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Faith column: Author gives parents tools on teaching kids about world

March 20, 2010

Faith column on an author whose book gives parents great ideas to make their kids more culturally and religious literate.

Author suggests ways to help kids learn about world cultures, religions

To hear Homa Sabet Tavangar, a petite woman with curly black hair and a contagious smile, talk about teaching children to embrace the world’s diversity, you can’t help but feel inspired. The world “out there” is increasingly the world “right here” as our communities become more diverse culturally and religiously. If you want your kids to learn about Buddhism or Islam or sample Mediterranean food or explore West African dance, you can do it in Austin.

So it’s not surprising that Tavangar’s book “Growing Up Global: Raising Children to Be at Home in the World” is resonating with Central Texas parents. A woman waiting for a South by Southwest shuttle spotted Tavangar holding a copy of her book and insisted on buying it from her on the spot.

The book provides ideas and resources for parents who want their kids to be culturally and religiously literate and to see people of other backgrounds not as “the other,” but as members of the same human family.

Tavangar was in Austin last week to discuss her book at the South by Southwest Interactive Conference and also spoke at the Austin Baha’i Center where the suburban Philadelphia mother shared her own global experiences.

The daughter of Iranian immigrants, Tavangar grew up in Fort Wayne, Ind., has lived in countries around the world and worked as a corporate consultant, helping companies “go global.” In 2007, Tavangar and her three daughters — at the time ages 13, 11 and 3 — embraced that concept while living in the Gambia, a predominantly Muslim country in West Africa.

The mantra she shares with international CEOs is the same she recommends parents teach their kids at home: Be a friend to the whole human race.

“Growing Up Global” outlines a variety of ways parents can help their children appreciate the world’s diversity — from learning greetings in different languages to listening to ethnic music to eating with chopsticks.

The book also touches on the subject that most interests me and no doubt poses the biggest challenge for parents: religion.

First, a disclaimer: Tavangar is a Baha’i. For her, making global connections, especially on the religious front, flows directly from her faith. The Baha’i faith promotes world unity and the notion that the major religions have been progressive revelations from God. The quote she likes to share with kids and adults — “Be a friend to the whole human race.” — comes from Abdu’l-Baha, the son of the Baha’i prophet Bahá’u’lláh.

“I explain in the book that I grew up thinking this way,” she said. “This was my mind-set.”

She knows that many parents won’t be as comfortable taking on the religious component. We’re told not to discuss religion in polite company. Some of us worry that exposing our kids to another belief system will confuse them. Others might feel ill-equipped. So many of us just don’t know anything about faiths other than our own.

In the chapter “What Do They Believe?” Tavangar suggests taking baby steps. People don’t have to visit a mosque or a Baha’i center to introduce children to other religions, she said, though ultimately face-to-face interaction is ideal. But parents can talk about common religious values, such as each tradition’s version of The Golden Rule. They can read Bible stories or look at Islamic art. They can use metaphors to describe the world’s faiths. An example: Lamp shades come in a variety of colors and styles but all rely on a lightbulb to illuminate them.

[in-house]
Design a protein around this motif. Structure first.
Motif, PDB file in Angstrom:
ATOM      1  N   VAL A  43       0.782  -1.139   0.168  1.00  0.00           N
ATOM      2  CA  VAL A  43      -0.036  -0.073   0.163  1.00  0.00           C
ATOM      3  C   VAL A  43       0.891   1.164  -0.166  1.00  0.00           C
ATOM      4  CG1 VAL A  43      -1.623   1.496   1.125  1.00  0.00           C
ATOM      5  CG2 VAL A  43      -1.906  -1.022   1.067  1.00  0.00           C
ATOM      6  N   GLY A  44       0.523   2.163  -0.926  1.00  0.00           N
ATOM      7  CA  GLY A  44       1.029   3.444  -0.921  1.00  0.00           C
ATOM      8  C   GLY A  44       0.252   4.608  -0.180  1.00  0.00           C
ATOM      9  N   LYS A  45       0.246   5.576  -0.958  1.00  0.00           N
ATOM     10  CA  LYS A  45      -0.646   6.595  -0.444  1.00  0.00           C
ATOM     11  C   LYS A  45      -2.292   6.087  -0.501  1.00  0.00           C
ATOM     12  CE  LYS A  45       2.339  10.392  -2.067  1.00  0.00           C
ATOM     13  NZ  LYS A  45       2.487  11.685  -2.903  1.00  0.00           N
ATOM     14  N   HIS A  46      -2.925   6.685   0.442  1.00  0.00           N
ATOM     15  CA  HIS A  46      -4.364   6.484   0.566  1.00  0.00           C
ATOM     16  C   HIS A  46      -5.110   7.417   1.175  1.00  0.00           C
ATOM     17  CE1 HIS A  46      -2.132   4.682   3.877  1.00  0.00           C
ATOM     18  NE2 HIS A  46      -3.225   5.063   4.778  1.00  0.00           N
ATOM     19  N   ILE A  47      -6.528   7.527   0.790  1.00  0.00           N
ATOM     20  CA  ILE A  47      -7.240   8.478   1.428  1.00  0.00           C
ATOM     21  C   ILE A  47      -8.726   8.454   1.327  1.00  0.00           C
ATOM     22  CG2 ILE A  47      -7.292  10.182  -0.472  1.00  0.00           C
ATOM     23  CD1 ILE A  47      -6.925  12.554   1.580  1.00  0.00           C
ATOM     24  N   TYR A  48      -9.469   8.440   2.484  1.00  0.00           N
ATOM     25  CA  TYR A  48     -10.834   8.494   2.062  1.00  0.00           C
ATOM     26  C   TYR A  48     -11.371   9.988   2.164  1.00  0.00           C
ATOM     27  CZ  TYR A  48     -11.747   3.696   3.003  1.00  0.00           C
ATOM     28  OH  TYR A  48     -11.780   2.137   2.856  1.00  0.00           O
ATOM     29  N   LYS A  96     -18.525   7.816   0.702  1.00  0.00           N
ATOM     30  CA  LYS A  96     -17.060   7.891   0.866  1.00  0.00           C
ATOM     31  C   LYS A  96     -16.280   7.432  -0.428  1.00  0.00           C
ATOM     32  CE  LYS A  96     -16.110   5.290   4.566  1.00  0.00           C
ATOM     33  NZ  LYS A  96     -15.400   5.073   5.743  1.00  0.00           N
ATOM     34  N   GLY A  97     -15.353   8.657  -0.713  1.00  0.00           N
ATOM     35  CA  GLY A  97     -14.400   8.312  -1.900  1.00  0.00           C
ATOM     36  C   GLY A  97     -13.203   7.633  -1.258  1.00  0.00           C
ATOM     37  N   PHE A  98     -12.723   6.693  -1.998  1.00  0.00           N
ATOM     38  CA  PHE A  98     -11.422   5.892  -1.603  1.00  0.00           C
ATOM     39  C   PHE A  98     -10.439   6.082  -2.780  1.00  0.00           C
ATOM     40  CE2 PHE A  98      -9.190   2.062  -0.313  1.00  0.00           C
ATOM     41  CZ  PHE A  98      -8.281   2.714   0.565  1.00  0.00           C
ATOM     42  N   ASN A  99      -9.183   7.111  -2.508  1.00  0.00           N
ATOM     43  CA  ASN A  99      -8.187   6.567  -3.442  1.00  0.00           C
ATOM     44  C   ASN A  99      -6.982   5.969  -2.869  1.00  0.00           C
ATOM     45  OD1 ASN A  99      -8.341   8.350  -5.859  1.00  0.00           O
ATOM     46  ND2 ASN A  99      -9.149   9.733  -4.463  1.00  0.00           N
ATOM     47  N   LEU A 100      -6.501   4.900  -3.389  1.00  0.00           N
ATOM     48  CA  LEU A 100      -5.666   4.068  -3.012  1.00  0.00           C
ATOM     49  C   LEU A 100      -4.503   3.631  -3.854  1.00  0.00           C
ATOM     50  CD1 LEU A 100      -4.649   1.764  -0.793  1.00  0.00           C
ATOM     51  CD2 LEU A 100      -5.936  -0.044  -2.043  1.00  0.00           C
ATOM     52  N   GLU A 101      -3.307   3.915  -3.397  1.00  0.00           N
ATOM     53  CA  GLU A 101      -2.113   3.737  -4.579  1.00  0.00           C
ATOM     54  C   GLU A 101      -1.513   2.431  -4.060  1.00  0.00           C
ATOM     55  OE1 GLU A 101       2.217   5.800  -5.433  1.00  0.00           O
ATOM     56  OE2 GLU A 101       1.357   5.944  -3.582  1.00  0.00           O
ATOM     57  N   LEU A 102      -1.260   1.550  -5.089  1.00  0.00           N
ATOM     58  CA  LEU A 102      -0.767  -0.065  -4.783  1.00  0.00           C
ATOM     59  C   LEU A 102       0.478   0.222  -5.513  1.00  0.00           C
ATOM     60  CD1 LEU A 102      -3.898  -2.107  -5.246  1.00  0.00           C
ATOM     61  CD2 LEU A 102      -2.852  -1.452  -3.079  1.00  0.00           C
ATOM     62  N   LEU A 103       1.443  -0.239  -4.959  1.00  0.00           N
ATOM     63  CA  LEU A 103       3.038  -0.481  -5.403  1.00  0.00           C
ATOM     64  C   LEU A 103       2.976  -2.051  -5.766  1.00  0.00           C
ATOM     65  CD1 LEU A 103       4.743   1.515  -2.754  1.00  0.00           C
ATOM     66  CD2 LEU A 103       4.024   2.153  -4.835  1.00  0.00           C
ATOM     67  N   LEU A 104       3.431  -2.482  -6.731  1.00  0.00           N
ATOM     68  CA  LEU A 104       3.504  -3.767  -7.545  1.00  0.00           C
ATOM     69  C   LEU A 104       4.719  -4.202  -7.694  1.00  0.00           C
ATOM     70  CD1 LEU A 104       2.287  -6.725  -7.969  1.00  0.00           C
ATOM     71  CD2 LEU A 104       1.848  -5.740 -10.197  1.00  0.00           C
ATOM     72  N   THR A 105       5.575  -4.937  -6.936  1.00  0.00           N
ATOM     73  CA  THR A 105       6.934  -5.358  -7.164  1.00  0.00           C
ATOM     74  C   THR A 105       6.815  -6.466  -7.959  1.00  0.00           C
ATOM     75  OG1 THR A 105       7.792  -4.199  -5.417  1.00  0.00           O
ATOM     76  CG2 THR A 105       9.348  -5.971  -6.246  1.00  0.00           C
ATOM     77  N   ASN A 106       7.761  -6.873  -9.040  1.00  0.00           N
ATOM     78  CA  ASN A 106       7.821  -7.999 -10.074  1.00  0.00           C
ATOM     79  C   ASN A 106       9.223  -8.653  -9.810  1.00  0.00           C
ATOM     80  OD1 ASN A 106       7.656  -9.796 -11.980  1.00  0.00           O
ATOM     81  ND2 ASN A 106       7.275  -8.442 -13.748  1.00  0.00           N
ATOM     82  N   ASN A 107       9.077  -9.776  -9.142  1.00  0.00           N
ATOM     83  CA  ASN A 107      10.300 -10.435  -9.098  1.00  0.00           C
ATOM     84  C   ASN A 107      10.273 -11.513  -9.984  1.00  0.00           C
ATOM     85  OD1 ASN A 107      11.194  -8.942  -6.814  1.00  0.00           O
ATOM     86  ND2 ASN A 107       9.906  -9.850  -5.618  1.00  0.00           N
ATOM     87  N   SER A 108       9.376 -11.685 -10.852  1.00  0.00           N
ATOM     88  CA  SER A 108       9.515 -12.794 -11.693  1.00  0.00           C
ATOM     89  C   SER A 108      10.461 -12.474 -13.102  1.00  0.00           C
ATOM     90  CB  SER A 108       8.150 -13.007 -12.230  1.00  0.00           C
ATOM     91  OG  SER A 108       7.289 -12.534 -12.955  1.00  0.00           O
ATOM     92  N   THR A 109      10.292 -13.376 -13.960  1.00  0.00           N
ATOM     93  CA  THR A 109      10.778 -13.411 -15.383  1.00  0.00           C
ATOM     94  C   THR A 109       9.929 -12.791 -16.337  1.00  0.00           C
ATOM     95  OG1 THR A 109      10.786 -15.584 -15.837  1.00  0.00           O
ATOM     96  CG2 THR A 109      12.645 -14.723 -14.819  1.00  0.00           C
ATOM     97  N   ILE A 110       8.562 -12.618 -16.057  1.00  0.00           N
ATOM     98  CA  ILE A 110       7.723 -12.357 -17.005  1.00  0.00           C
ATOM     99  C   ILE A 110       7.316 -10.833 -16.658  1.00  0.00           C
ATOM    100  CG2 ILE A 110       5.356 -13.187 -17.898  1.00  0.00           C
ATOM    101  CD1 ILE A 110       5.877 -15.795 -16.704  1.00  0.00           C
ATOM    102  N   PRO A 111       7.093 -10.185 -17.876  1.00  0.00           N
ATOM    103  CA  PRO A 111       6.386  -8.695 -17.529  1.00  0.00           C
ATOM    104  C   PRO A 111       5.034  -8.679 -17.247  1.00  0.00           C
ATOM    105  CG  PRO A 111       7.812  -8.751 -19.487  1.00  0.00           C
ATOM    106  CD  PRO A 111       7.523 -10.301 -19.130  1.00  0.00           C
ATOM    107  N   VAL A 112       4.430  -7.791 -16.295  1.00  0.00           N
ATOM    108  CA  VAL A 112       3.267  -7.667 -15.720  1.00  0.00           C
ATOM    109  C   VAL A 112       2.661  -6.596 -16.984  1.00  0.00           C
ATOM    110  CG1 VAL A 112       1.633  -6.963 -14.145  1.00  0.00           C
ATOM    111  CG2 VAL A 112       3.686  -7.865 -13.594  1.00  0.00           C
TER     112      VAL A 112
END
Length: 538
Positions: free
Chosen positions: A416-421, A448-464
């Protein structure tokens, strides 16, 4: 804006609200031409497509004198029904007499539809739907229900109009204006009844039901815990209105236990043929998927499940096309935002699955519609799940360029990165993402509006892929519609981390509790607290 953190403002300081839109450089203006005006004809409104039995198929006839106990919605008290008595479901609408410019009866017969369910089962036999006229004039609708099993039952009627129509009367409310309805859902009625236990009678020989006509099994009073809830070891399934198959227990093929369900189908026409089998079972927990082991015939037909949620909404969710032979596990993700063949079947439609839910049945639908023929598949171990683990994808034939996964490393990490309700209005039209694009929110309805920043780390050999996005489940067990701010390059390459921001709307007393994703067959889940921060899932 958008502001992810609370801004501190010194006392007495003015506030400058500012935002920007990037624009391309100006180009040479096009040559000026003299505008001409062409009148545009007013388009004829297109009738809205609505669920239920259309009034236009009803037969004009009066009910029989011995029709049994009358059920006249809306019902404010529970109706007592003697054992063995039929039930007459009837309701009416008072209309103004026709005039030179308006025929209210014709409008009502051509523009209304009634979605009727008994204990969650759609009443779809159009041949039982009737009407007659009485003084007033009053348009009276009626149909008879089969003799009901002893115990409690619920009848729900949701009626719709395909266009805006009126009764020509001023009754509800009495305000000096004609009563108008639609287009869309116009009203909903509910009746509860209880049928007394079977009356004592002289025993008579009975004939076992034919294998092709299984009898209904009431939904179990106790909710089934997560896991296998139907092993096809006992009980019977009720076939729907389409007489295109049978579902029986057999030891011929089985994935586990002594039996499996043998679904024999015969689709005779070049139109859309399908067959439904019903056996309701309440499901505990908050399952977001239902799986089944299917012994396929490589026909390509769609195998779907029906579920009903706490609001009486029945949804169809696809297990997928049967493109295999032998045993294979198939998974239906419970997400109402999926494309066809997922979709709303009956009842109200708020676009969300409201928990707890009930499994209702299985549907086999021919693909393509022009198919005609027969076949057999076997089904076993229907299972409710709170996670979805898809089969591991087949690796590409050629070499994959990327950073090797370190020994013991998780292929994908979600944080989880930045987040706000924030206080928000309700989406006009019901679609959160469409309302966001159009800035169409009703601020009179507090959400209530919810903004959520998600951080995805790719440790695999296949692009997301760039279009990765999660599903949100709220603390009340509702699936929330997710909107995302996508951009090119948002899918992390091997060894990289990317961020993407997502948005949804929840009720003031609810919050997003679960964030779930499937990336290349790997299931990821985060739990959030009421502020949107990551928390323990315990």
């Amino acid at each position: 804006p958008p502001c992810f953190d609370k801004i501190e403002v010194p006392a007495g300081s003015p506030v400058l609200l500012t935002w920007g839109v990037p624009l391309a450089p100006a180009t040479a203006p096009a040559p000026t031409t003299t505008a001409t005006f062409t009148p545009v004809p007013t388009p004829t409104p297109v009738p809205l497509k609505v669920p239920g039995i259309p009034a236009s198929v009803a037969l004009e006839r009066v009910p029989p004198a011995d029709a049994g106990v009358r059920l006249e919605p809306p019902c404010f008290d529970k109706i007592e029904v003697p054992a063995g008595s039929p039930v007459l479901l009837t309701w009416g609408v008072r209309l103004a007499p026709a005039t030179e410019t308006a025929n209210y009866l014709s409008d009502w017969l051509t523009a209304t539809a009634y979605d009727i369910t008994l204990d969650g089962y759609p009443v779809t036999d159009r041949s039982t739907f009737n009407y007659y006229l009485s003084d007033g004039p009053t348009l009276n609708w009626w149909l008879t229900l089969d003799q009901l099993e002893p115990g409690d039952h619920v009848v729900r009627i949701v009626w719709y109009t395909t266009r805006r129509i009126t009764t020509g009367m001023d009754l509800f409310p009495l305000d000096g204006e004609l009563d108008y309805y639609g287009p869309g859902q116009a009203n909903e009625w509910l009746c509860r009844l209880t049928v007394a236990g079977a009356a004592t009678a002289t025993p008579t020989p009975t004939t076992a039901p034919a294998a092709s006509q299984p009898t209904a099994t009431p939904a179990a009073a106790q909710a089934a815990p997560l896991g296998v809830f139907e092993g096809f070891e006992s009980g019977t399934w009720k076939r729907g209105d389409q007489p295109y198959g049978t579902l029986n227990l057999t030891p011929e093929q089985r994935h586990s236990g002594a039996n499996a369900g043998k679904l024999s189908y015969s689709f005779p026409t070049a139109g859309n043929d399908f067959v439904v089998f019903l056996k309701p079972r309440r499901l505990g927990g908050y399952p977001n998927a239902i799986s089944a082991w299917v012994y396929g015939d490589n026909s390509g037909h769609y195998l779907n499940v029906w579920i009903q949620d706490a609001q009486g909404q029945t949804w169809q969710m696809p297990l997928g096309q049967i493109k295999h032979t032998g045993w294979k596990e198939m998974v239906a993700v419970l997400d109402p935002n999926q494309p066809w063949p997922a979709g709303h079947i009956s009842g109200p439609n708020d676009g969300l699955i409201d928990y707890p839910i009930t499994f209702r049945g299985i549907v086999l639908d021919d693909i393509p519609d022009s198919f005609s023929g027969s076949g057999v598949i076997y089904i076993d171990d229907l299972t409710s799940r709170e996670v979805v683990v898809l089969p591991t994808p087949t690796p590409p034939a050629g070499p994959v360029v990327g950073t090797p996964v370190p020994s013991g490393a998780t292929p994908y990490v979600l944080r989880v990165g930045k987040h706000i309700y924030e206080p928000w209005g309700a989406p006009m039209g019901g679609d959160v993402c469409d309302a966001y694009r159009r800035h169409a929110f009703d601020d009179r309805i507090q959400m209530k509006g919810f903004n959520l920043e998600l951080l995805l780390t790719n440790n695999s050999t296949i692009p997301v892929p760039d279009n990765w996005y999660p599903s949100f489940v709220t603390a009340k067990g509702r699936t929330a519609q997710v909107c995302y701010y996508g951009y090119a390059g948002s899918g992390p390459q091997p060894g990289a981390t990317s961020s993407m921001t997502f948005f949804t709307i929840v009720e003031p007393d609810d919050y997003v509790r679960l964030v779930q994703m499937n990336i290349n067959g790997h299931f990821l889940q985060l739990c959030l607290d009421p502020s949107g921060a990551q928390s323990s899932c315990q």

The chapter provides Web sites and books parents can use to grasp the basics of different religions.

Listening to Tavangar made me realize how fortunate I am to be plugged into Austin’s diverse religious community and to be able to share that with my child. During the past year, I’ve taken my 13-month-old daughter to a rabbinic ordination ceremony, an Emergent church service, a Buddhist baby blessing and a Burmese monastery. She’s not old enough to understand or remember these visits, but we’re building a foundation. Eventually, she will ask questions about religion, and I’ll be able to show her what Zen meditation looks like, what incense at a church smells like, what a call to prayer sounds like.

Tavangar is right. Religion can certainly be one of the most intimidating topics to approach with children, but it’s a key part of helping them understand the world and their place in it.

“You can be whatever your faith and heritage is, but to adopt this world-embracing vision … it’s such a gift for yourself and your kids,” she said. “I’ve lived that and now I see my own daughters … they’re excited about the world.”

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2 Comments leave one →
  1. March 23, 2010 9:14 am

    Fabulous! What a wonderful blog you have here, and this post in particular I find very interesting and like-minded to my own thinking. Keep up this important work! We at Tree of Life Interfaith Seminary also work hard so that everyone sees the world’s residents as equal brother and sisters – not segregated into different sects and levels.

    Love, love, love your blog!

    Amy

    • eeflynn permalink*
      March 23, 2010 9:45 am

      Amy,
      Thank you! What an encouraging comment.
      I have to admit, I wasn’t familiar with Tree of Life Interfaith Seminary, but I just checked out your site. How cool! Glad to learn about the important work you’re doing.

      Take care,
      Eileen

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